Where and When: Japan, 10th century through the mid-19th century AD
How Much They Conquered: The feudal daimyo held different territories within Japan, as they served under shoguns and defended the country against attempted Mongol invasions.
- Katana - a traditional long sword, their primary weapon on foot
- Wakizashi - a traditional short sword
- Naginata - a curved, bladed weapon affixed to a wooden pole
- Kusarigama - a sickle-like bladed weapon attached to a chain for swinging
Their Training: Training started in childhood and took place at a designated school that emphasized physical fitness and agility, as well as Chinese studies and spiritual pursuits. In adulthood, samurais trained daily, even though they were only used in battle when called upon, and were expected to live their lives by the strict code of ethics known as "Bushido."
On The Battlefield: Samurai entered combat accompanied by armies of foot soldiers and archers, and they faced off against opposing forces in head-to-head combat, sometimes on horseback and often on foot. The feared samurai vanguard would be the first to charge into combat, typically with spear in hand, while katanas were drawn when the battle presented one-on-one combat situations. One of the greatest honors for a samurai was to earn the "first spear," which means being the first warrior to actually engage the enemy in physical combat.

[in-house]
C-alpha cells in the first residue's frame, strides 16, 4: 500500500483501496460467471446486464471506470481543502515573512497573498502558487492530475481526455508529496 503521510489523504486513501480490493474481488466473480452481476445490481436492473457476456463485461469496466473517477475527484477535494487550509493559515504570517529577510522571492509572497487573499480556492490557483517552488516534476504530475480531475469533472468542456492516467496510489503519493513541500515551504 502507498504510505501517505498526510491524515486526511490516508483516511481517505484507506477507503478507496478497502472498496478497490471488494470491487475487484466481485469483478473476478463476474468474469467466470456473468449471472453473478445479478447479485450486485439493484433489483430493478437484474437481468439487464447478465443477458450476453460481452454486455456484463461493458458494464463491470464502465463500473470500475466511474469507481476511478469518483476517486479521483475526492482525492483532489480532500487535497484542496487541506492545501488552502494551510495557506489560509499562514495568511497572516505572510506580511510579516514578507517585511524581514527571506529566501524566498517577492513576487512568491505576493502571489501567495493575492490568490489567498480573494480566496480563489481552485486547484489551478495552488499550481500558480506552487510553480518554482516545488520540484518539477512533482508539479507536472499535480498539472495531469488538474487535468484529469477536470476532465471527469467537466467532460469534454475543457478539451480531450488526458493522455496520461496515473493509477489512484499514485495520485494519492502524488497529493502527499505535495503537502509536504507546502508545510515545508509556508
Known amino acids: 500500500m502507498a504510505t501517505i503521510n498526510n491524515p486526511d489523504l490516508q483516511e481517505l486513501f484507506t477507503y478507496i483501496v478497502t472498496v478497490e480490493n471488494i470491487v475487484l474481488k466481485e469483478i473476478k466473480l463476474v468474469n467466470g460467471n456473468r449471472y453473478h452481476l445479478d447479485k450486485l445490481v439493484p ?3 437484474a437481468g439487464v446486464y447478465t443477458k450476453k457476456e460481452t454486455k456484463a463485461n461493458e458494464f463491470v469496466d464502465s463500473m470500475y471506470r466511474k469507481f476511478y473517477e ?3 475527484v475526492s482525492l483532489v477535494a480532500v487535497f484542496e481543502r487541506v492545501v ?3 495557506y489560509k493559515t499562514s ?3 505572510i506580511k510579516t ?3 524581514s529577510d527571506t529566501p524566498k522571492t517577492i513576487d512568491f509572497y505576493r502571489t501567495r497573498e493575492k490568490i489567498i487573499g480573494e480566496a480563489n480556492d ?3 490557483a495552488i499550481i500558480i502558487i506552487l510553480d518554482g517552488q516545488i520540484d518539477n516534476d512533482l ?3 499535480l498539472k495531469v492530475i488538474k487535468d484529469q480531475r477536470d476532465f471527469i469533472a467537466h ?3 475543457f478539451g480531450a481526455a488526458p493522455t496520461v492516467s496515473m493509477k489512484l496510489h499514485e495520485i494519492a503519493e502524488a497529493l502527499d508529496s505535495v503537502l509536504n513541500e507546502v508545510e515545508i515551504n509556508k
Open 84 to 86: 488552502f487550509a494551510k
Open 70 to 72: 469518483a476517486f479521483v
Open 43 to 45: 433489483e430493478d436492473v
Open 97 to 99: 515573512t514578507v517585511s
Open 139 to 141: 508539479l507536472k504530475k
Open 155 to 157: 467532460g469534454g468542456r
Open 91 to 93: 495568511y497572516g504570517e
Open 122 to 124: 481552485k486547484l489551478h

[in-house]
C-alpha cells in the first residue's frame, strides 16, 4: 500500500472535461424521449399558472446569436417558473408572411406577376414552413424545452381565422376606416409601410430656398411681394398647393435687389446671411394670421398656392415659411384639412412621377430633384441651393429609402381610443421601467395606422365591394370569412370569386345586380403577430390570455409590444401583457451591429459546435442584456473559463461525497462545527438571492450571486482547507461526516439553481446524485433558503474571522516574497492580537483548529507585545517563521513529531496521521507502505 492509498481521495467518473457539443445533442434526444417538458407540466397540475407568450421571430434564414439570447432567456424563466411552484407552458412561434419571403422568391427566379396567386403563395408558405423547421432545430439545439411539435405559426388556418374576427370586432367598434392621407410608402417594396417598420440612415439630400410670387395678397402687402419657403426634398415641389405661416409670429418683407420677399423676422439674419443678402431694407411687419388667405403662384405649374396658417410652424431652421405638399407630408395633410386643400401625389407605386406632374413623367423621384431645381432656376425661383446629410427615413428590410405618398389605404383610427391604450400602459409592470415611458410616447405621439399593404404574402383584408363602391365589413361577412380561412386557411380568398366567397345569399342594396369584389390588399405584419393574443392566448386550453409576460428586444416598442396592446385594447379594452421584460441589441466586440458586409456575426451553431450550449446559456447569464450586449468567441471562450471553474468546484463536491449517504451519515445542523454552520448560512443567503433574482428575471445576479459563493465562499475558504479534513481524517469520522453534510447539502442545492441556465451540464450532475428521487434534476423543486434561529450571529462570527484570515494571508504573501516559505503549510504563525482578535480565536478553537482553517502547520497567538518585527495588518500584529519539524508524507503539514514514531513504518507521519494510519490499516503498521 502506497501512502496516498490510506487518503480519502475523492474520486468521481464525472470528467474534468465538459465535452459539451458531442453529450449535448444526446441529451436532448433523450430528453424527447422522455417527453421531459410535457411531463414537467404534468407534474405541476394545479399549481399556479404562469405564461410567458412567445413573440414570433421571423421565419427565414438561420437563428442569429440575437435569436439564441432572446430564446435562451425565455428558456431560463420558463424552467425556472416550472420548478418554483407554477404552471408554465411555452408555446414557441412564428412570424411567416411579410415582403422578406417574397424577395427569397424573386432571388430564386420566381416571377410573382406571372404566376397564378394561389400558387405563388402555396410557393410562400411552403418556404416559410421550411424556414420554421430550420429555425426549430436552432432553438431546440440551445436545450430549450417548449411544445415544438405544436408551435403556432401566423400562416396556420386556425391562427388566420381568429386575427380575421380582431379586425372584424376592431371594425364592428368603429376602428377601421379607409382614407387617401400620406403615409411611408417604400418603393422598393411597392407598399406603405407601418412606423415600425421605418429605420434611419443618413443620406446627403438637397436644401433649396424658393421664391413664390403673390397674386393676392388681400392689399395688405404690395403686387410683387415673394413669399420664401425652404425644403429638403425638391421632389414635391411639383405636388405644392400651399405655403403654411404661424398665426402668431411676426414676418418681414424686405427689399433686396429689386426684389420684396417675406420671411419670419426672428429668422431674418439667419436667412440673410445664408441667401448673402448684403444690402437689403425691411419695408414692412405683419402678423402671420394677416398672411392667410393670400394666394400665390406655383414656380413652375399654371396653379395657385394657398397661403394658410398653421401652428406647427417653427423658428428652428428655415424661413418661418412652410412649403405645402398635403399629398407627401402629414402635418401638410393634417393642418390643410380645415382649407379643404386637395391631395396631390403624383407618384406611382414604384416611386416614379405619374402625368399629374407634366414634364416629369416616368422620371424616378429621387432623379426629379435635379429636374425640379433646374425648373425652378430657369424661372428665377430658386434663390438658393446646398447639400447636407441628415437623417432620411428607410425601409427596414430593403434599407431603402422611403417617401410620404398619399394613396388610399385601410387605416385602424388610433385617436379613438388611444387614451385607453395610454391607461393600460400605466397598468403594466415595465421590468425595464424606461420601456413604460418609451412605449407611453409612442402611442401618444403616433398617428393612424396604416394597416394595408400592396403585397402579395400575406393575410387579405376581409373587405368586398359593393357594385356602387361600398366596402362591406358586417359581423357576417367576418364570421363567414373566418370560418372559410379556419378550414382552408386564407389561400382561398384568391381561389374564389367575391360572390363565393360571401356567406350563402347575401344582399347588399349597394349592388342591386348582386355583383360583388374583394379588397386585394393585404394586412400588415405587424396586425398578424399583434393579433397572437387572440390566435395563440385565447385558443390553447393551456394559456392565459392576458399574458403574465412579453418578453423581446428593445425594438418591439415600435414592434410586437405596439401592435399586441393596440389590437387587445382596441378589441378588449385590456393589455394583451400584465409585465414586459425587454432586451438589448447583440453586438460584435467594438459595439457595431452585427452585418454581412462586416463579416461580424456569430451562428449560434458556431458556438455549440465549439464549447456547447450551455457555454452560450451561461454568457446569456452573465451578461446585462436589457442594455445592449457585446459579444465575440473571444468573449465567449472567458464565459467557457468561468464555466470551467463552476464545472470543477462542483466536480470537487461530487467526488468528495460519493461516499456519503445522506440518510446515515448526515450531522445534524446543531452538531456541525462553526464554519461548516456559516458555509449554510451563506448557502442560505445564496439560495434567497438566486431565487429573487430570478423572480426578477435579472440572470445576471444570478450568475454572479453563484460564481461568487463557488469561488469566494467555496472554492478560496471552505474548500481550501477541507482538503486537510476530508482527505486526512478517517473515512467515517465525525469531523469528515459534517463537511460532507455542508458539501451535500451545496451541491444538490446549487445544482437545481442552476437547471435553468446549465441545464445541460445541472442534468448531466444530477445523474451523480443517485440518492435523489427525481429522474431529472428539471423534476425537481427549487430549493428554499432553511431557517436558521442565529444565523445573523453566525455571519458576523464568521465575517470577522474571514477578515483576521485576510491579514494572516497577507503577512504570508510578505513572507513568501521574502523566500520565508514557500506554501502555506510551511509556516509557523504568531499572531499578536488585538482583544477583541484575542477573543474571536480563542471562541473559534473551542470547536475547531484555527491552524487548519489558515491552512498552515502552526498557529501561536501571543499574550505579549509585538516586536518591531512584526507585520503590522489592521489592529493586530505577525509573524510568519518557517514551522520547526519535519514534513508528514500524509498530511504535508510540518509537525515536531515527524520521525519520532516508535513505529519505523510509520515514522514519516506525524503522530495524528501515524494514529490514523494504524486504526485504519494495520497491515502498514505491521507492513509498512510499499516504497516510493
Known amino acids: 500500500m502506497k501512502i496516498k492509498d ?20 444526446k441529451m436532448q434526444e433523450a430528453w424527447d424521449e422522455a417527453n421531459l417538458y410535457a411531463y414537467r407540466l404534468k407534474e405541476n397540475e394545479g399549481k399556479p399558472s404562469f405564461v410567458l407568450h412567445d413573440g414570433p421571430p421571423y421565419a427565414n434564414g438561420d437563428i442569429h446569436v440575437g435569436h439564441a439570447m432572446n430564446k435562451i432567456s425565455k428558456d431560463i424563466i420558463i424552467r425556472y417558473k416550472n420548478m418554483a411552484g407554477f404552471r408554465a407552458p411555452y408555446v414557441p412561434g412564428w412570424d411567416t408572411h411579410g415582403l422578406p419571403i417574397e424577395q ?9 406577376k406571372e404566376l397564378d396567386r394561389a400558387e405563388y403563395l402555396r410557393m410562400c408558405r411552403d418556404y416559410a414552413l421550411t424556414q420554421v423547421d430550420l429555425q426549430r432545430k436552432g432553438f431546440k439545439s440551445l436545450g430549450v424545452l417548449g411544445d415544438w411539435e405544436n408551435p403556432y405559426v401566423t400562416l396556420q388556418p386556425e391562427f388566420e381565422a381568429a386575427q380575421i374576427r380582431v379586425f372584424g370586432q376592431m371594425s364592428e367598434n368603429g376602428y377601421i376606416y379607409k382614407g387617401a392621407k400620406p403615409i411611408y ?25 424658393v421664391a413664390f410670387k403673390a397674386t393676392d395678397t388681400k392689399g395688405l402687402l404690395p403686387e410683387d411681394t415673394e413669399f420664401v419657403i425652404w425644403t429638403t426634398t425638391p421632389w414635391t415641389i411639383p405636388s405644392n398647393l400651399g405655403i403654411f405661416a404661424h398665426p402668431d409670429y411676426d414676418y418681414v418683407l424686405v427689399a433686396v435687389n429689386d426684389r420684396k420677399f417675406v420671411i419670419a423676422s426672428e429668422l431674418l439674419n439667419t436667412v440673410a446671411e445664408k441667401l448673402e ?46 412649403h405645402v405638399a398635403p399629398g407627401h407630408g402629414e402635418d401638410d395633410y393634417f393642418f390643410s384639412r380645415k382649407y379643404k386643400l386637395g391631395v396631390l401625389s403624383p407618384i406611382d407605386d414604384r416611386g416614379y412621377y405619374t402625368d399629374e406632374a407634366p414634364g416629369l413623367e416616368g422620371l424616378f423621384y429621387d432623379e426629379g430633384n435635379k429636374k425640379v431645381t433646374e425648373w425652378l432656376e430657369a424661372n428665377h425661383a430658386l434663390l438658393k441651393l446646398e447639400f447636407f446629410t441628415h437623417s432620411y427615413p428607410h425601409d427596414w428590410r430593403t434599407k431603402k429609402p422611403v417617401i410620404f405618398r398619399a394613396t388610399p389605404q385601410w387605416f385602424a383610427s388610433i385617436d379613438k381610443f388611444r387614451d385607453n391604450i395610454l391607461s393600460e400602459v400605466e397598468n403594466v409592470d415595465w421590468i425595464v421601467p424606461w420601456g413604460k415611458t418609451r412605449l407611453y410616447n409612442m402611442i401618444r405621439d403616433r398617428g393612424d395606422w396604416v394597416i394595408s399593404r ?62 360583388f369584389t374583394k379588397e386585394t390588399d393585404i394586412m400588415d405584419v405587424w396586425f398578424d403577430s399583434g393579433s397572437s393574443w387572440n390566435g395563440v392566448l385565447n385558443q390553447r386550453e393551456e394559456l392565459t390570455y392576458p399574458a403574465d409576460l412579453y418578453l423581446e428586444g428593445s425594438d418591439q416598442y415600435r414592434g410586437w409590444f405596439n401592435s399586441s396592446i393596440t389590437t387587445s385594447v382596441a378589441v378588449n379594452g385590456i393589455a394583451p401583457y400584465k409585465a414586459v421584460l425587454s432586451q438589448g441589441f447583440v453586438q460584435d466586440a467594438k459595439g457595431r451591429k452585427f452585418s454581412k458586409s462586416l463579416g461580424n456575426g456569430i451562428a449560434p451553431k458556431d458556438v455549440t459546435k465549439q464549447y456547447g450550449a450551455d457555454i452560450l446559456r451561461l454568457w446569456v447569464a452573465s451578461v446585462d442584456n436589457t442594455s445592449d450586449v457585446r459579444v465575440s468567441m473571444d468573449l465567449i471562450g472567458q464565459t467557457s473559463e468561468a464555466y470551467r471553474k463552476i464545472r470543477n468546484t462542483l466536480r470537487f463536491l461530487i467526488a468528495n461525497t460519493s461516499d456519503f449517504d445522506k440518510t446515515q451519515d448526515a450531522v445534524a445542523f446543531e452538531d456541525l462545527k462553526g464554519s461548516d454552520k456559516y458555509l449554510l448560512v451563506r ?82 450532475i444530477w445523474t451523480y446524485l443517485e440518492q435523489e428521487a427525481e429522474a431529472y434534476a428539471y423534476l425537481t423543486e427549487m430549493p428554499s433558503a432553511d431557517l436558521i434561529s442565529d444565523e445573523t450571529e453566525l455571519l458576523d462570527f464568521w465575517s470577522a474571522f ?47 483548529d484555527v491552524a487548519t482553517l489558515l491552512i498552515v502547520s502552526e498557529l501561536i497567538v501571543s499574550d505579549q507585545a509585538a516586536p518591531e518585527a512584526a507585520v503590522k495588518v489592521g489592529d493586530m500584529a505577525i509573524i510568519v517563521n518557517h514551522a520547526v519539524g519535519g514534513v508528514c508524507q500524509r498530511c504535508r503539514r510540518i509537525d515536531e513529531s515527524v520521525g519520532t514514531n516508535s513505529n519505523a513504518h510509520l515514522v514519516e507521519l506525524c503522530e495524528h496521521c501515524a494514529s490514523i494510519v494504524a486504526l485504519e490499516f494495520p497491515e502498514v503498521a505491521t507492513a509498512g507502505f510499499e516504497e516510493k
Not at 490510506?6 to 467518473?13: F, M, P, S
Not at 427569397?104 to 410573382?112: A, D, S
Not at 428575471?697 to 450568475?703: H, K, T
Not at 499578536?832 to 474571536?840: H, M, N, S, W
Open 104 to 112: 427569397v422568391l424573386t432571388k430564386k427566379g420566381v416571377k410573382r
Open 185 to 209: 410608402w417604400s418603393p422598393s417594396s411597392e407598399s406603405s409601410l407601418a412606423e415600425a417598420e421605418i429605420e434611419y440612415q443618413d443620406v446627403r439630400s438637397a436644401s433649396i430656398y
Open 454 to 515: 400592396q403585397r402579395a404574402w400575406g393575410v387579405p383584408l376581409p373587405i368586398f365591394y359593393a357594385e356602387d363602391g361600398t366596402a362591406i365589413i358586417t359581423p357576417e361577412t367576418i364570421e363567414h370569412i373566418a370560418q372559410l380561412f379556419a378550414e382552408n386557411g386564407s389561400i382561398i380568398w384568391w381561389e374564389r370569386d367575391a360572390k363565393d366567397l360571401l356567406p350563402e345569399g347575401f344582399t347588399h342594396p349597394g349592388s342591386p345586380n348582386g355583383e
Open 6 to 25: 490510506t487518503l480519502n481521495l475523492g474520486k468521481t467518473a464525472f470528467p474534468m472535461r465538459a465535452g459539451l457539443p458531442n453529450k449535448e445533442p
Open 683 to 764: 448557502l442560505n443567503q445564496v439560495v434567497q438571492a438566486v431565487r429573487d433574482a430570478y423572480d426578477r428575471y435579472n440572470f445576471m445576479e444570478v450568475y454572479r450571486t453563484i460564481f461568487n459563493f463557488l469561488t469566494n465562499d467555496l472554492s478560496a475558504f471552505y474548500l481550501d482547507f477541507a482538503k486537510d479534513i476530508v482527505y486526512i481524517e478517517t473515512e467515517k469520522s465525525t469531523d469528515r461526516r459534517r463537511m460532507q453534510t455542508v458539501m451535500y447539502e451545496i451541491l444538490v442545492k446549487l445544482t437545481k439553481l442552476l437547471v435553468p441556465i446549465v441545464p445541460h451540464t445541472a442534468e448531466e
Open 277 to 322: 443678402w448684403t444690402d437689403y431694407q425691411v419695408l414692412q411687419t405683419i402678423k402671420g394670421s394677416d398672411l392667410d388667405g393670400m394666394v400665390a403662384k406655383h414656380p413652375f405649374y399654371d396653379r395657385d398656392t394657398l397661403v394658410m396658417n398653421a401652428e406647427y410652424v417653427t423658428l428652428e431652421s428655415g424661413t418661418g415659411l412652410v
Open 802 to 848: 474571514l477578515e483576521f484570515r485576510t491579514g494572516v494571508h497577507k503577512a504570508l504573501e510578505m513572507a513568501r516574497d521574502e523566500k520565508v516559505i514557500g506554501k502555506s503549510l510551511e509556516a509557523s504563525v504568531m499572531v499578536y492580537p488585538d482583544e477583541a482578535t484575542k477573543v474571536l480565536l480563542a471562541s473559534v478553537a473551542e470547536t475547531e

Where and When: Southwestern United States, 1600s - 1920s AD (Although the Apache people still exist)
How Much They Conquered: The Apache were a nomadic people that lived in different parts of a region known as Apacheria, which spanned from Western Arizona to Eastern Texas and from Northern Colorado down to Mexico. The modern idea of an Apache warrior comes mostly from the era of the Apache Wars, when the indigenous tribes aggressively resisted white settlers and the US Army's incursions into their lands.
- Bow and arrow
- Tomahawk - a battle hatchet with a blade made from metal, bone, or sharpened stone. It could be used for combat in close quarters or thrown for use as a ranged weapon.
- War club - a bludgeoning tool carved out of hardwood. War clubs often included a round stone affixed to one end in order to inflict maximum damage.
- Jawbone club - used almost exclusively by the Apache tribe, the jawbone club was a handheld weapon made from the jawbone of a buffalo, ox, or horse. The teeth were left attached as a decorative embellishment, while the other side of the bone was sharpened, allowing the club to also serve as a slashing weapon.
Their Training: Apaches were renowned for their athletic endurance, and it was believed by many at the time that young Apache men could run nearly 100 miles a day and climb both trees and entire mountains with ease. From childhood, Apache boys were taught how to fight, hunt silently, and use their surroundings to their advantage while defending their tribes.
On The Battlefield: Apache warriors were considered to be some of the greatest guerrilla fighters in history. They would lay traps and ambush their enemies. While fighting invading white settlers and the US Army, the Apache's distinct advantage came from their life-long training and their superior knowledge of the terrain. They fought with such ferocity that the very word Apache took on a mythical, near-superhuman quality.